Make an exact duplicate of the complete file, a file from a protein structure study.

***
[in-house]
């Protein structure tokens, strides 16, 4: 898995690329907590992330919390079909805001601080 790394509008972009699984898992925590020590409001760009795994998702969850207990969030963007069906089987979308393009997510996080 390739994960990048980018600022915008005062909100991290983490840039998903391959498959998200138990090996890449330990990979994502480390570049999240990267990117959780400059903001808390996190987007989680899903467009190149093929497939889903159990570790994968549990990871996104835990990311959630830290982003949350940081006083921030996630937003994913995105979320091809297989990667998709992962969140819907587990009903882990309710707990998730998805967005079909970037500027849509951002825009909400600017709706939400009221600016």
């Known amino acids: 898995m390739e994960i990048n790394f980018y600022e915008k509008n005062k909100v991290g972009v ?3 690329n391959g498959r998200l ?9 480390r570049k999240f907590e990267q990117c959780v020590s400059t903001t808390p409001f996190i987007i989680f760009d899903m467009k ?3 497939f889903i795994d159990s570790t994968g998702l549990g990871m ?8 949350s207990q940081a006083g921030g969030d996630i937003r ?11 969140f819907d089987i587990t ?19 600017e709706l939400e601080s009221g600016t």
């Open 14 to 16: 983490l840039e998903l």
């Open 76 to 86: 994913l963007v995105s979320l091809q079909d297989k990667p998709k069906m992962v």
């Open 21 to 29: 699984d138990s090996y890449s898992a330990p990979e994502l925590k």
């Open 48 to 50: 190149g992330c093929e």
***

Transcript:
[in-house]
């Protein structure tokens, strides 16, 4: 898995690329907590992330919390079909805001601080 790394509008972009699984898992925590020590409001760009795994998702969850207990969030963007069906089987979308393009997510996080 390739994960990048980018600022915008005062909100991290983490840039998903391959498959998200138990090996890449330990990979994502480390570049999240990267990117959780400059903001808390996190987007989680899903467009190149093929497939889903159990570790994968549990990871996104835990990311959630830290982003949350940081006083921030996630937003994913995105979320091809297989990667998709992962969140819907587990009903882990309710707990998730998805967005079909970037500027849509951002825009909400600017709706939400009221600016």
């Known amino acids: 898995m390739e994960i990048n790394f980018y600022e915008k509008n005062k909100v991290g972009v ?3 690329n391959g498959r998200l ?9 480390r570049k999240f907590e990267q990117c959780v020590s400059t903001t808390p409001f996190i987007i989680f760009d899903m467009k ?3 497939f889903i795994d159990s570790t994968g998702l549990g990871m ?8 949350s207990q940081a006083g921030g969030d996630i937003r ?11 969140f819907d089987i587990t ?19 600017e709706l939400e601080s009221g600016t």
């Open 14 to 16: 983490l840039e998903l």
């Open 76 to 86: 994913l963007v995105s979320l091809q079909d297989k990667p998709k069906m992962v």
């Open 21 to 29: 699984d138990s090996y890449s898992a330990p990979e994502l925590k």
């Open 48 to 50: 190149g992330c093929e």